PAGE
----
A new book says President Bush's advisers had grave doubts about the early course of the war in Afghanistan and suggests that the ultimate defeat of the Taliban was due largely to millions of dollars in hundred-dollar bills the CIA handed out to Afghan warlords to win their support.
"Bush At War," by Washington Post reporter Bob Woodward, draws on four hours of interviews with Mr. Bush and quotes 15,000 words from National Security Council and other White House meetings in reconstructing the internal debate that led to U.S. military action in Afghanistan and the decision to aggressively confront Iraqi President Saddam Hussein.
The book describes Secretary of State Colin Powell as frequently at odds with Vice President Dick Cheney and Defense Secretary Donald H. Rumsfeld and struggling to establish a relationship with Bush.
The book reports that Bush advisers had deep doubts about their strategy of bombing the Taliban while relying on ground forces from the Northern Alliance.
The CIA spent $70 million in direct cash outlays on the ground in Afghanistan, a figure that includes money for setting up field hospitals.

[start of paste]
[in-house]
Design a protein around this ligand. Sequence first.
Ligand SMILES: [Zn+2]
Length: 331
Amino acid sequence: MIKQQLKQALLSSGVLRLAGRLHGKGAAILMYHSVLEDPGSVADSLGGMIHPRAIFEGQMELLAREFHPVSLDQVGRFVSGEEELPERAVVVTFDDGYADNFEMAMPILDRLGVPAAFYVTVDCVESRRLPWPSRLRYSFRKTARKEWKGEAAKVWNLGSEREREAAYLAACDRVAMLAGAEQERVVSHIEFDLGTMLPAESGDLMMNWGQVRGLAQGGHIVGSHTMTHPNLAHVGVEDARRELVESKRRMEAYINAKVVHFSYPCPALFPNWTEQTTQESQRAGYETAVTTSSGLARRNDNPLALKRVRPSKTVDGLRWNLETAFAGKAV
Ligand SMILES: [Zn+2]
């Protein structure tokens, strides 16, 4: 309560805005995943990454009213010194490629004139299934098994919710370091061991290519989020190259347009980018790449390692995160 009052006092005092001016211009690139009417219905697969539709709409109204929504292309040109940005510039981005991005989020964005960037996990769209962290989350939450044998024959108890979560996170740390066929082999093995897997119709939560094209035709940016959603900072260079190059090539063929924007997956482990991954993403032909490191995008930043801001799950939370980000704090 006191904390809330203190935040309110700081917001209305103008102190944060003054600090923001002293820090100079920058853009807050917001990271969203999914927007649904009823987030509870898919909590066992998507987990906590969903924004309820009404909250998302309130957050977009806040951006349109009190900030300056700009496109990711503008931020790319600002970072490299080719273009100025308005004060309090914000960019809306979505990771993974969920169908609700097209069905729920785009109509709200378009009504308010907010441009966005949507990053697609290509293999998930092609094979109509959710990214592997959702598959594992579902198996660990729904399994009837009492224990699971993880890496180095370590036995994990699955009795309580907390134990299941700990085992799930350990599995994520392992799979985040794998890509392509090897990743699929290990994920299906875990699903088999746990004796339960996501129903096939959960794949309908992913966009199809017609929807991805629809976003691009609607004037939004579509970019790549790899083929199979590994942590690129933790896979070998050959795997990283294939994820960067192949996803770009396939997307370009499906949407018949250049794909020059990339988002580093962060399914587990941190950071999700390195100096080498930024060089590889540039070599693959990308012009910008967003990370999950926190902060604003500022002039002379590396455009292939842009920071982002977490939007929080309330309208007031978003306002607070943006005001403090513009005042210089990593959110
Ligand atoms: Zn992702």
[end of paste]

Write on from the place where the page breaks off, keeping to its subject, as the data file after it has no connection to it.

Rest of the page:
In the interview in August at the president's ranch in Crawford, Texas, Mr. Bush was reflective about his personal style and ambitions as president, the book says. "Sometimes, that's the way I am - fiery," he said, describing his relationship with his aides, and adding: "I can be an impatient person."
In the interview, Mr. Bush also spoke about North Korea and its dictator Kim Jong Il.
With the administration contemplating a response to North Korea's nuclear weapons program, the president shouted and waved his finger in the air, saying, "I loathe Kim Jong Il."
Mr. Bush said during a February visit to the North Korean border that he had no intention of invading North Korea, but made it clear in the interview with Woodward he is not content with the status quo.
The book portrays Powell as being frustrated with having to pretend that there was a policy consensus within the war cabinet on Iraq and the Middle East. He called it being "in the icebox" during periods when the White House banned him from television.
Since his Watergate collaboration with Carl Bernstein, the 59-year-old Woodward has written a number of books and won his second Pulitzer Prize this year as part of a team of reporters recognized for covering the war on terrorism.
The Post published details from Woodward's new book in its Saturday editions.